Screen Shot 2013-04-05 at 10.05.48 PM.png


Charities reap windfall from settlement
Email

Dave Waddell, The Windsor Star
| Apr 05, 2013 | Last Updated: Apr 05, 2013 - 9:04 UTC
Five local charities will share about $250,000 as the result of the recent settlement of a class-action lawsuit over allegedly undisclosed fees two financial institutions charged clients on currency exchange trades.

The suit was filed by the Windsor law firm Sutts, Strosberg and concerned trades made by RBC Dominion Securities Inc. and RBC Action Direct Inc. between Dec. 30, 1997, and Nov. 1, 2003.

In line for the unexpected payout are the VON Windsor-Essex, Lawyers Feed the Hungry Windsor, the Essex Region Conservation Authority, the University of Windsor and Transition to Betterness.

The charities should get the cash by the end of September, according to the Feb. 13 agreement. Under terms of the settlement, money that is unclaimed, or claims that would be less than $25, will be donated to 10 charities listed in the agreement.

"They (local charities) should all be very happy," said Jay Strosberg, who has been involved with a series of suits in the class action against several financial institutions for the past decade.

"It won't be split evenly, but each of them will be getting tens of thousands. I'm really proud that we can distribute this money to Windsor charities."

Any class action member who is still with RBC will have their settlement funds directly deposited into their accounts.

Strosberg said it was fitting the area benefited. One of the suit's original two plaintiffs is a Windsor resident and the action was filed locally.

He added because the suit affected such a wide cross-section of citizens, an effort was made to pick charities which also ranged across all segments of society.

"Hats off to Jay Strosberg and his firm for thinking of us," said ERCA vice-chairman Percy Hatfield, when informed of the surprise windfall. "This is just fantastic news."

Hatfield said the timing for getting an unexpected infusion of money couldn't be better. ERCA has a few projects, such as deteriorating wooden walkways in conservation areas, which could use some attention.

"The wait was certainly worth it if for ERCA," Hatfield said. "It'll have a huge impact for us. We've been making cuts, scraping by the last few years."

The suit alleged Royal's clients were charged undisclosed fee on trades which the plaintiffs argued violated the account holder's agreement.

The overall settlement, in which Royal doesn't admit liability, was for about $7.2 million with an expected $1.2 million being shared by 10 charities.

Just over $5.1-million will be left after expenses to be redistributed to the class-action suit members.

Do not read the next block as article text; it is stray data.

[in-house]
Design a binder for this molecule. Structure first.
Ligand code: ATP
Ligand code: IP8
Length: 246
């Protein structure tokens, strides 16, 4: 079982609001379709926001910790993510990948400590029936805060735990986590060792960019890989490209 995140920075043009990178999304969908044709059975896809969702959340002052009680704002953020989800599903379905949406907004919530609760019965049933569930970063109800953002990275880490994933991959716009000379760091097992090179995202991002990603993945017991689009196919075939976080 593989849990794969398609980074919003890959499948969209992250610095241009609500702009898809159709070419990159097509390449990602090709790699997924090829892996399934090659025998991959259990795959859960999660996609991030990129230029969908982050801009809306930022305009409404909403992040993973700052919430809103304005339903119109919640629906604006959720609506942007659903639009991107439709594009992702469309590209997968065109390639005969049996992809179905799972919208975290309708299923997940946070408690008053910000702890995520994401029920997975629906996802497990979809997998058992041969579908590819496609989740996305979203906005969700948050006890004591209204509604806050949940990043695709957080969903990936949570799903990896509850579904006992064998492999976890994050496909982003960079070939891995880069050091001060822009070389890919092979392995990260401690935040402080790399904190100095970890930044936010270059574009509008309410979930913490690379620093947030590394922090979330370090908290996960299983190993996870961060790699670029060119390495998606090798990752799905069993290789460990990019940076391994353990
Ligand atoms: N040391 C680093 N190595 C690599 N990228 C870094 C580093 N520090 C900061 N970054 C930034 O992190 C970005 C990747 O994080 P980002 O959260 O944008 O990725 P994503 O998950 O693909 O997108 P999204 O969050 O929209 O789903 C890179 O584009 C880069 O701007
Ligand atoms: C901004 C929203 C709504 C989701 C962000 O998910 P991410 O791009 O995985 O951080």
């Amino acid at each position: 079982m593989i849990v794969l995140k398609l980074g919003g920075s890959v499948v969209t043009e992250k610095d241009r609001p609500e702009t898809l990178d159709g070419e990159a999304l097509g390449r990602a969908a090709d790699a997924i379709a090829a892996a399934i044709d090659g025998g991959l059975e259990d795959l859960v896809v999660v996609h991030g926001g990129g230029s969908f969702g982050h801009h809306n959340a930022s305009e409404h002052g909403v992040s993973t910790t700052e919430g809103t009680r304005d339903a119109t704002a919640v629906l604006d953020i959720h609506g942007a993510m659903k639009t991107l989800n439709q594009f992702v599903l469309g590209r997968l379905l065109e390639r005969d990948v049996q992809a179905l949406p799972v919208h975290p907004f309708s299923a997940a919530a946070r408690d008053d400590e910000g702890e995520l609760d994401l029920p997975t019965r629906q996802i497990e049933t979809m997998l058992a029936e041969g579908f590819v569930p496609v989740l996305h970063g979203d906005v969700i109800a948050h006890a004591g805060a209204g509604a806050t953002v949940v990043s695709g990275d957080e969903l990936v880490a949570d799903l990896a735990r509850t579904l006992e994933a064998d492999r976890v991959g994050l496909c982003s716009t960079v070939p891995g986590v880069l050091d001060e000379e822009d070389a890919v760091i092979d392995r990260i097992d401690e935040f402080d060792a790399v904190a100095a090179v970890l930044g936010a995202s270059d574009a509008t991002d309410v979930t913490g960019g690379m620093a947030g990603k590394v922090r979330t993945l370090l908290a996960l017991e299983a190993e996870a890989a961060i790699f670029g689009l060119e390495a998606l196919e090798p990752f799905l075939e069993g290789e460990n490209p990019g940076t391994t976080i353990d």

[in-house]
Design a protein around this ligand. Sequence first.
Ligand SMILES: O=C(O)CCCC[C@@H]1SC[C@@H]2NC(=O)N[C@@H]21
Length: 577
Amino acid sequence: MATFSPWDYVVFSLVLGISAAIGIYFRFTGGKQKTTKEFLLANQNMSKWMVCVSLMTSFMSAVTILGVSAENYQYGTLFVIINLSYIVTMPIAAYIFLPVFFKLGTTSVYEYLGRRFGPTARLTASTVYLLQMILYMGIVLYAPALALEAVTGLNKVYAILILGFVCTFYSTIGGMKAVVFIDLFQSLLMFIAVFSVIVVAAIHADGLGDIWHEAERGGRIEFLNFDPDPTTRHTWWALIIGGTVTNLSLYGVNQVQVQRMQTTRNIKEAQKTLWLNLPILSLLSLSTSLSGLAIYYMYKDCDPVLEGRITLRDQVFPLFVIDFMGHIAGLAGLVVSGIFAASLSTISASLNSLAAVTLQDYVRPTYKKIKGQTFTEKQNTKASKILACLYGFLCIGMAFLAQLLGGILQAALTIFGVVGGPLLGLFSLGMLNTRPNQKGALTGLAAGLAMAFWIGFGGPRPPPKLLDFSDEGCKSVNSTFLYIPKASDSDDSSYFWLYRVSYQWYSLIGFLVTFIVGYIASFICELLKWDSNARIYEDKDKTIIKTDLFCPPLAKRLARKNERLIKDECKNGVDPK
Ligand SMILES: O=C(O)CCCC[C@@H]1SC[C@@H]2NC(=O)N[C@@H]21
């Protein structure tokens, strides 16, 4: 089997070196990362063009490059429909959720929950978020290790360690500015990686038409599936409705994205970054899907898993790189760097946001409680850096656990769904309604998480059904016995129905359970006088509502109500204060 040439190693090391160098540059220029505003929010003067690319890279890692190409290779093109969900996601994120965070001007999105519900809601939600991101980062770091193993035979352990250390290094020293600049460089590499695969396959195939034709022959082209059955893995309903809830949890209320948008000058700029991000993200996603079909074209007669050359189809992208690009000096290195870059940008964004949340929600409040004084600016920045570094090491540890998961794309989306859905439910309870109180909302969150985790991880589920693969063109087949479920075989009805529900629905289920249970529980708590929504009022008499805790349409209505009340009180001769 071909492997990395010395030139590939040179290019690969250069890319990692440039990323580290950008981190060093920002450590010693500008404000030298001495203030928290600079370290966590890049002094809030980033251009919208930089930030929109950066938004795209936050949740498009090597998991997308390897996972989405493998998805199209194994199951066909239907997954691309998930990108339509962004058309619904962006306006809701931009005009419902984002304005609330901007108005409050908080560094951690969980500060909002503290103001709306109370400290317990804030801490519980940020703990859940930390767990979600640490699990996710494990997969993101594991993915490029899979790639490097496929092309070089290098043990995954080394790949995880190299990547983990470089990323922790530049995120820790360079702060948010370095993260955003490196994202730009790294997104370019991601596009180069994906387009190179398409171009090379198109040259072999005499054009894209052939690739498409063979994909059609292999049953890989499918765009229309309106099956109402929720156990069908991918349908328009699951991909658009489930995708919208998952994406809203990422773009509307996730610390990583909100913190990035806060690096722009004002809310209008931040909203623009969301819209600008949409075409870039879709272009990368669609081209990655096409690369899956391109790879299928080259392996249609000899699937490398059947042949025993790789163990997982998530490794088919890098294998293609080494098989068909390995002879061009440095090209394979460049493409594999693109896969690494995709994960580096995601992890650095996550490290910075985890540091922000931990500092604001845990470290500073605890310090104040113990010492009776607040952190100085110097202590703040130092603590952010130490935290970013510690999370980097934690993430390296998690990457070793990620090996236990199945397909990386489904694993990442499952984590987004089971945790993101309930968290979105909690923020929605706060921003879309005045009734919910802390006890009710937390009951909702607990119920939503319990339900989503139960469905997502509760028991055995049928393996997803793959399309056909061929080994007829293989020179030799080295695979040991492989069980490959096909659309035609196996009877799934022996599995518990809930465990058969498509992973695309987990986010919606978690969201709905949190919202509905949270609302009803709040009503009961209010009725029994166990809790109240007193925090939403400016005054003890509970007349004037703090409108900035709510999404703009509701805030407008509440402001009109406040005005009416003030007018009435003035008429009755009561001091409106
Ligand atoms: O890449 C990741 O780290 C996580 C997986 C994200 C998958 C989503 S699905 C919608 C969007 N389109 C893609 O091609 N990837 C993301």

http://www.windsorstar.com/Charities+re ... story.html
admin
Site Admin
 
Posts: 2846
Joined: Fri May 06, 2005 9:05 am
Location: Canada

Re: Civil or Criminal Actions against companies or regulator

Postby admin » Fri Apr 05, 2013 8:41 pm

Screen Shot 2013-04-05 at 9.39.41 PM.png



Half-billion dollar lawsuit launched by investors

Thursday, April 4, 2013
By Jason van Rassel, Calgary Herald



“Most of these people are in the nature of mom-and-pop retail investors,” lawyer Blair Yorke-Slader of Bennett Jones LLP in Calgary said in an interview.

Photographed by:
Gavin Young, Calgary Herald
Investors have launched a class-action lawsuit seeking to recover $500 million they put into a series of beleaguered real estate companies and related ventures promoted by a former Lethbridge pastor.

A statement of claim filed in Court of Queen’s Bench on Wednesday alleges hundreds of people invested their savings in a scheme that improperly siphoned millions of dollars to Ronald James Aitkens and seven other people named in the suit.

“Most of these people are in the nature of mom-and-pop retail investors,” lawyer Blair Yorke-Slader of Bennett Jones LLP in Calgary said in an interview.

The suit alleges Aitkens created a series of entities called the Harvest Group of Companies, which raised $500 million for 16 ventures in real estate development, resource development and financial investment since 2001.

However, the suit claims none of the projects were viable; it alleges they were bait used to solicit money from investors that wound up in the pockets of Aitken and other Harvest Group principals.

“Each (project) was merely a shell, sham or captive company formed and/or incorporated with the purpose of obscuring this common purpose and organization,” reads the statement of claim.

“Although ostensibly in the business of providing legitimate real estate investments and developments, the Harvest Group of Companies was really in the business of improperly enriching the personal defendants.”

Aitken’s lawyer couldn’t be reached for comment on the lawsuit’s claims, which haven’t been proven in court.

The statement of claim names 11 plaintiffs who have stepped forward on behalf of hundreds of investors allegedly victimized by the defendants.

The precise number of investors eligible to join the suit isn’t yet known.

The suit said Harvest raised its money with a network of agents who sold shares and bonds in its ventures, often through word-of-mouth and free seminars.